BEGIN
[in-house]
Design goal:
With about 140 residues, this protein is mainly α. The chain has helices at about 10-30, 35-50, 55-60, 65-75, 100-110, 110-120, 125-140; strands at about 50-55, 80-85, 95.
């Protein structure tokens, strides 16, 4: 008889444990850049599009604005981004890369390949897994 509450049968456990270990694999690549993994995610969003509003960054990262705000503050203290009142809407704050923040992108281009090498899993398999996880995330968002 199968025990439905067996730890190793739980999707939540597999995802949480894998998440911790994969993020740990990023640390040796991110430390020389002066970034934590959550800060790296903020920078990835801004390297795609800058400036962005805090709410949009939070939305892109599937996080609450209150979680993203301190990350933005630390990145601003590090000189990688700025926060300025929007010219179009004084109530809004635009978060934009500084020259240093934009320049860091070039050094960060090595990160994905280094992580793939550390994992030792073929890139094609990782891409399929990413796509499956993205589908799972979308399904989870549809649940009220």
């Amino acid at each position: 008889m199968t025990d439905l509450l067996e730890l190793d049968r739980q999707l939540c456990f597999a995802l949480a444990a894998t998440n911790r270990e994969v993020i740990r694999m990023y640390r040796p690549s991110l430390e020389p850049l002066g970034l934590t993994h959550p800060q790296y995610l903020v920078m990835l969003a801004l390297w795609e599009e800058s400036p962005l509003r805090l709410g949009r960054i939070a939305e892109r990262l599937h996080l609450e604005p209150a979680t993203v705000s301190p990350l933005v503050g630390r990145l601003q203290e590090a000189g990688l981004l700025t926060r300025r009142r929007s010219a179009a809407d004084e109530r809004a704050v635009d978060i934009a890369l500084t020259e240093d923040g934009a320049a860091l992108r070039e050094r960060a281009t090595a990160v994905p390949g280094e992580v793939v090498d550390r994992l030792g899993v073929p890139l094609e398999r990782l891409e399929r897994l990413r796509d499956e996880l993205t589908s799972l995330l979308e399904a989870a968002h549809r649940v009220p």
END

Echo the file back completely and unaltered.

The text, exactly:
[in-house]
Design goal:
With about 140 residues, this protein is mainly α. The chain has helices at about 10-30, 35-50, 55-60, 65-75, 100-110, 110-120, 125-140; strands at about 50-55, 80-85, 95.
């Protein structure tokens, strides 16, 4: 008889444990850049599009604005981004890369390949897994 509450049968456990270990694999690549993994995610969003509003960054990262705000503050203290009142809407704050923040992108281009090498899993398999996880995330968002 199968025990439905067996730890190793739980999707939540597999995802949480894998998440911790994969993020740990990023640390040796991110430390020389002066970034934590959550800060790296903020920078990835801004390297795609800058400036962005805090709410949009939070939305892109599937996080609450209150979680993203301190990350933005630390990145601003590090000189990688700025926060300025929007010219179009004084109530809004635009978060934009500084020259240093934009320049860091070039050094960060090595990160994905280094992580793939550390994992030792073929890139094609990782891409399929990413796509499956993205589908799972979308399904989870549809649940009220």
């Amino acid at each position: 008889m199968t025990d439905l509450l067996e730890l190793d049968r739980q999707l939540c456990f597999a995802l949480a444990a894998t998440n911790r270990e994969v993020i740990r694999m990023y640390r040796p690549s991110l430390e020389p850049l002066g970034l934590t993994h959550p800060q790296y995610l903020v920078m990835l969003a801004l390297w795609e599009e800058s400036p962005l509003r805090l709410g949009r960054i939070a939305e892109r990262l599937h996080l609450e604005p209150a979680t993203v705000s301190p990350l933005v503050g630390r990145l601003q203290e590090a000189g990688l981004l700025t926060r300025r009142r929007s010219a179009a809407d004084e109530r809004a704050v635009d978060i934009a890369l500084t020259e240093d923040g934009a320049a860091l992108r070039e050094r960060a281009t090595a990160v994905p390949g280094e992580v793939v090498d550390r994992l030792g899993v073929p890139l094609e398999r990782l891409e399929r897994l990413r796509d499956e996880l993205t589908s799972l995330l979308e399904a989870a968002h549809r649940v009220p």